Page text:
I watched the NBA Finals with rapt attention as LeBron James and the Cleveland Cavaliers beat Steph Curry and the Golden State Warriors.
One thing that struck me was despite the incredible athleticism of the players, several key guys on the floor were inept free throw shooters. Tristan Thompson, Andrew Bogut, and Festus Ezeli were butchers at the line.
It brought to mind Wilt Chamberlain, perhaps the greatest basketball player ever, who was also a pathetic foul shooter.
As luck would have it, I was listening to a podcast by Malcolm Gladwell, historian, writer, social commentator and big time hoops fan. He was telling the story of Rick Barry, another Hall of Fame basketball player, and Wilt. Barry usually led the NBA in free throw shooting, and Wilt was perennially at the bottom in percentage. Barry once approached Wilt and told him he could help him, but Chamberlain declined because Barry shot his free throws underhanded. Wilt said, “If I shoot underhanded they’ll call me a sissy,” and Barry said “not if you make them.”
Gladwell asked Barry, whose three sons all played in the NBA, how he came to shoot underhanded. He said his father was his high school basketball coach in New Jersey. He was a star player, but he only shot his free throws at 70%, which was OK but not as good as his Dad thought he could shoot. One day Rick’s father told him he wanted him to shoot underhand in the next game. Barry objected, saying they’d call him a sissy, but he obliged his father and coach. A fan in the crowd yelled, “Barry you’re a sissy,” but he made all the free throws he took that night, and his father said, “You’re not a sissy if you make them.”
In sports and in life most of us bow to social pressure. We are afraid to change course. The worst thing is to be laughed at by our peers because we dared to be different.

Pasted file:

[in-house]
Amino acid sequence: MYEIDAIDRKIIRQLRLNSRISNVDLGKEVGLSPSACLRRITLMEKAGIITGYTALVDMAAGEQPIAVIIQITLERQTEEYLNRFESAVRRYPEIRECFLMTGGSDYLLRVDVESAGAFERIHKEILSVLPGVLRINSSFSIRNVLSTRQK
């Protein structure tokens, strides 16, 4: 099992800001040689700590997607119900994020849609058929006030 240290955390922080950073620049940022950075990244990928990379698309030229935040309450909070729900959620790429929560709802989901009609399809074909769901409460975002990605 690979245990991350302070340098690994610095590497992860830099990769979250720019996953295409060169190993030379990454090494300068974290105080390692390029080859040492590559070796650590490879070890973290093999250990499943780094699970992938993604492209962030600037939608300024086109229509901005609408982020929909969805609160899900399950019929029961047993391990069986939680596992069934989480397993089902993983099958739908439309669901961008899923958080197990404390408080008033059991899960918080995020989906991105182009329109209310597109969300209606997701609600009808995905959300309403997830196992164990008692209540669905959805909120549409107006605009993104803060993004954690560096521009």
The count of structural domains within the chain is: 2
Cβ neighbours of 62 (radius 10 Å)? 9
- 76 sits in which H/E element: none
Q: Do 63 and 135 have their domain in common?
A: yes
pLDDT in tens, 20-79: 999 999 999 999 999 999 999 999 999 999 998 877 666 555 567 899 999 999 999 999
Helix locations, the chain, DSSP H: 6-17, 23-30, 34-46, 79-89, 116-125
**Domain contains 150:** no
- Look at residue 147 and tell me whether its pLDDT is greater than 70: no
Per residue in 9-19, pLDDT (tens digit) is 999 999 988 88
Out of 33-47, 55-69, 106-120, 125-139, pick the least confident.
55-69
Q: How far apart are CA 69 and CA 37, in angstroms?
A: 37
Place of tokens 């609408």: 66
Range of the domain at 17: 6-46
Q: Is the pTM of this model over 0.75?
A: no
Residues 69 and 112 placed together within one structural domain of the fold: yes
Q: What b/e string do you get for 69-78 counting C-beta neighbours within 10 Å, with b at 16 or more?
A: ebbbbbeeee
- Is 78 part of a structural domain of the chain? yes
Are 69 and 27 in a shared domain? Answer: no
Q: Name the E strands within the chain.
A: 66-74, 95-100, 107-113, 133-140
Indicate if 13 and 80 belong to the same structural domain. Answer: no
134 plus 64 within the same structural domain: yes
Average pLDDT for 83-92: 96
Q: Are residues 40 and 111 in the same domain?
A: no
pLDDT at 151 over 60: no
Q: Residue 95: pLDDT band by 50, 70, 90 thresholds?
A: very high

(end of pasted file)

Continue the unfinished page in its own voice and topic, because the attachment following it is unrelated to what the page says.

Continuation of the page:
As we get ready for the Rio Olympics all of the world class high jumpers will be using a high jump form known as the Fosbury Flop. Prior to 1965 and the emergence of Dick Fosbury every competitive high jumper cleared the bar with a western roll or even a scissors kick, but with the advent of soft pits to land on Fosbury developed a revolutionary technique in which he would sprint diagonally towards the bar, then curve and leap backwards over it. He won the Olympic Gold Medal in 1968. They probably called him a sissy or worse when he first tried the flop.
Going back to the NBA Finals, Draymond Green of the Warriors has redefined his position on the court. He calls himself a “Point Forward” because he often rebounds the ball off the defensive backboard and leads a fast break down the court. It takes tremendous athleticism to combine those skills, but more and more players like Green and Lebron James are popularizing this position. When Ben Simmons, the 2016 #1 pick in the NBA draft, was asked what his position was, he responded, “I’m a Point Forward.”
I am a little surprised that we have not seen radical shifts in football and baseball—probably the power of social pressure. The New England Patriots show some originality by shunning first round draft picks to focus on second through fourth round picks where most of the best players are found. In baseball, the split finger pitch changed the game, but today pitchers see it as an arm killer so it has been shelved by most. The Cubs are innovating under Manager Joe Madden by playing players in multiple positions. On Tuesday he used three pitchers in the outfield. While there usually is one “utility infielder” on a team, Madden is trying to assemble a team of athletes who can play multiple positions. He wants a team of “Swiss Army Knife” versatile players.
On the machine tool front, the DeCaussin family in Los Angeles were sure they could build a vertical machining center for half the price of the dominant Japanese machines. Working with little money out of an 800-square-foot garage in North Hollywood, California, they built their first prototype with a tool changer in 1974 and drove it to IMTS in the back of their pickup truck. It was a big success and financed their venture into vertical machining centers in 1979.
Unfortunately, creativity is shunned in sports, like it usually is in business. We trudge along day after day, rarely gambling on a new strategy or technique.
We don’t want to risk being a flop or being called a sissy.
Question: Would you punch someone who called you a sissy?